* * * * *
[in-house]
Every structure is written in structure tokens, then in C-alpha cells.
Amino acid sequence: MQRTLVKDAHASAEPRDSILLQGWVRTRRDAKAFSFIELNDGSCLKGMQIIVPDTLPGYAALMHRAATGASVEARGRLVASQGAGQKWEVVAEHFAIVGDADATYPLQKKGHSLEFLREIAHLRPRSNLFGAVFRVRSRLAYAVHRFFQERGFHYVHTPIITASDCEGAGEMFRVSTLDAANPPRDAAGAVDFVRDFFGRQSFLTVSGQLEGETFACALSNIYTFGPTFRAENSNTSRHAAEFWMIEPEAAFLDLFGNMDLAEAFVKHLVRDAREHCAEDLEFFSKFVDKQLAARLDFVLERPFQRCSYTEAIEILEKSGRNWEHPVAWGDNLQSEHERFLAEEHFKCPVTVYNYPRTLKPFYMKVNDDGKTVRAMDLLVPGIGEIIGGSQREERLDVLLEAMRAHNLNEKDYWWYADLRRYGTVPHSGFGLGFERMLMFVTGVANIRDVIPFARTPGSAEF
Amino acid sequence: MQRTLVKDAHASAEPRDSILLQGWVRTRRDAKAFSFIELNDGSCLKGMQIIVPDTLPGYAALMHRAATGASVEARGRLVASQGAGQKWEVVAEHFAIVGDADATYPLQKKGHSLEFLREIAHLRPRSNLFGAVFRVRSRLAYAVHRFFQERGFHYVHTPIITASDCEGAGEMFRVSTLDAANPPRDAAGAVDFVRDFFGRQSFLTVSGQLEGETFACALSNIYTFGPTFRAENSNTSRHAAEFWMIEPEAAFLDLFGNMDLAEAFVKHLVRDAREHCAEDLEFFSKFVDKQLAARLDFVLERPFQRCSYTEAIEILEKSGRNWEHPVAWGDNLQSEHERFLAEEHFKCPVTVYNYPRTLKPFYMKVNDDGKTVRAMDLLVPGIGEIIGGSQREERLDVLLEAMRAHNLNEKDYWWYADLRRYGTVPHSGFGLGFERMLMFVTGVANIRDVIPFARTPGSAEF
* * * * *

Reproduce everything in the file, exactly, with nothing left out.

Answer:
[in-house]
Every structure is written in structure tokens, then in C-alpha cells.
Amino acid sequence: MQRTLVKDAHASAEPRDSILLQGWVRTRRDAKAFSFIELNDGSCLKGMQIIVPDTLPGYAALMHRAATGASVEARGRLVASQGAGQKWEVVAEHFAIVGDADATYPLQKKGHSLEFLREIAHLRPRSNLFGAVFRVRSRLAYAVHRFFQERGFHYVHTPIITASDCEGAGEMFRVSTLDAANPPRDAAGAVDFVRDFFGRQSFLTVSGQLEGETFACALSNIYTFGPTFRAENSNTSRHAAEFWMIEPEAAFLDLFGNMDLAEAFVKHLVRDAREHCAEDLEFFSKFVDKQLAARLDFVLERPFQRCSYTEAIEILEKSGRNWEHPVAWGDNLQSEHERFLAEEHFKCPVTVYNYPRTLKPFYMKVNDDGKTVRAMDLLVPGIGEIIGGSQREERLDVLLEAMRAHNLNEKDYWWYADLRRYGTVPHSGFGLGFERMLMFVTGVANIRDVIPFARTPGSAEF
Amino acid sequence: MQRTLVKDAHASAEPRDSILLQGWVRTRRDAKAFSFIELNDGSCLKGMQIIVPDTLPGYAALMHRAATGASVEARGRLVASQGAGQKWEVVAEHFAIVGDADATYPLQKKGHSLEFLREIAHLRPRSNLFGAVFRVRSRLAYAVHRFFQERGFHYVHTPIITASDCEGAGEMFRVSTLDAANPPRDAAGAVDFVRDFFGRQSFLTVSGQLEGETFACALSNIYTFGPTFRAENSNTSRHAAEFWMIEPEAAFLDLFGNMDLAEAFVKHLVRDAREHCAEDLEFFSKFVDKQLAARLDFVLERPFQRCSYTEAIEILEKSGRNWEHPVAWGDNLQSEHERFLAEEHFKCPVTVYNYPRTLKPFYMKVNDDGKTVRAMDLLVPGIGEIIGGSQREERLDVLLEAMRAHNLNEKDYWWYADLRRYGTVPHSGFGLGFERMLMFVTGVANIRDVIPFARTPGSAEF